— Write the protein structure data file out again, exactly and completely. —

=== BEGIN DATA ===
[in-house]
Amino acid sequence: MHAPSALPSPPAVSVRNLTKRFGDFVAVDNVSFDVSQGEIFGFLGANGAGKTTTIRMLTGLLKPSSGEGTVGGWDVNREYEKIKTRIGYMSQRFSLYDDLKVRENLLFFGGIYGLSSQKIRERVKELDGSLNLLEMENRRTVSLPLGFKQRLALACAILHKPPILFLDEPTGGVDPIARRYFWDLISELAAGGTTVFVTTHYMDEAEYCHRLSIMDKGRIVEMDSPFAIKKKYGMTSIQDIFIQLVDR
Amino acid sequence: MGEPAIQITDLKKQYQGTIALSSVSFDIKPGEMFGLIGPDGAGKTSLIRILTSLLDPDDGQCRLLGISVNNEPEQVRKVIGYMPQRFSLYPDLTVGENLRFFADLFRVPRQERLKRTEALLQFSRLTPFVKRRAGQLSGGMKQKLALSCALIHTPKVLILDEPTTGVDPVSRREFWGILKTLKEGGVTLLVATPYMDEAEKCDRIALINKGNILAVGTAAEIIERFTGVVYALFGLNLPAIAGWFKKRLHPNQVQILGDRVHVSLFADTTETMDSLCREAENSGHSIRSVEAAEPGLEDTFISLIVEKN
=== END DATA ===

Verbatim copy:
[in-house]
Amino acid sequence: MHAPSALPSPPAVSVRNLTKRFGDFVAVDNVSFDVSQGEIFGFLGANGAGKTTTIRMLTGLLKPSSGEGTVGGWDVNREYEKIKTRIGYMSQRFSLYDDLKVRENLLFFGGIYGLSSQKIRERVKELDGSLNLLEMENRRTVSLPLGFKQRLALACAILHKPPILFLDEPTGGVDPIARRYFWDLISELAAGGTTVFVTTHYMDEAEYCHRLSIMDKGRIVEMDSPFAIKKKYGMTSIQDIFIQLVDR
Amino acid sequence: MGEPAIQITDLKKQYQGTIALSSVSFDIKPGEMFGLIGPDGAGKTSLIRILTSLLDPDDGQCRLLGISVNNEPEQVRKVIGYMPQRFSLYPDLTVGENLRFFADLFRVPRQERLKRTEALLQFSRLTPFVKRRAGQLSGGMKQKLALSCALIHTPKVLILDEPTTGVDPVSRREFWGILKTLKEGGVTLLVATPYMDEAEKCDRIALINKGNILAVGTAAEIIERFTGVVYALFGLNLPAIAGWFKKRLHPNQVQILGDRVHVSLFADTTETMDSLCREAENSGHSIRSVEAAEPGLEDTFISLIVEKN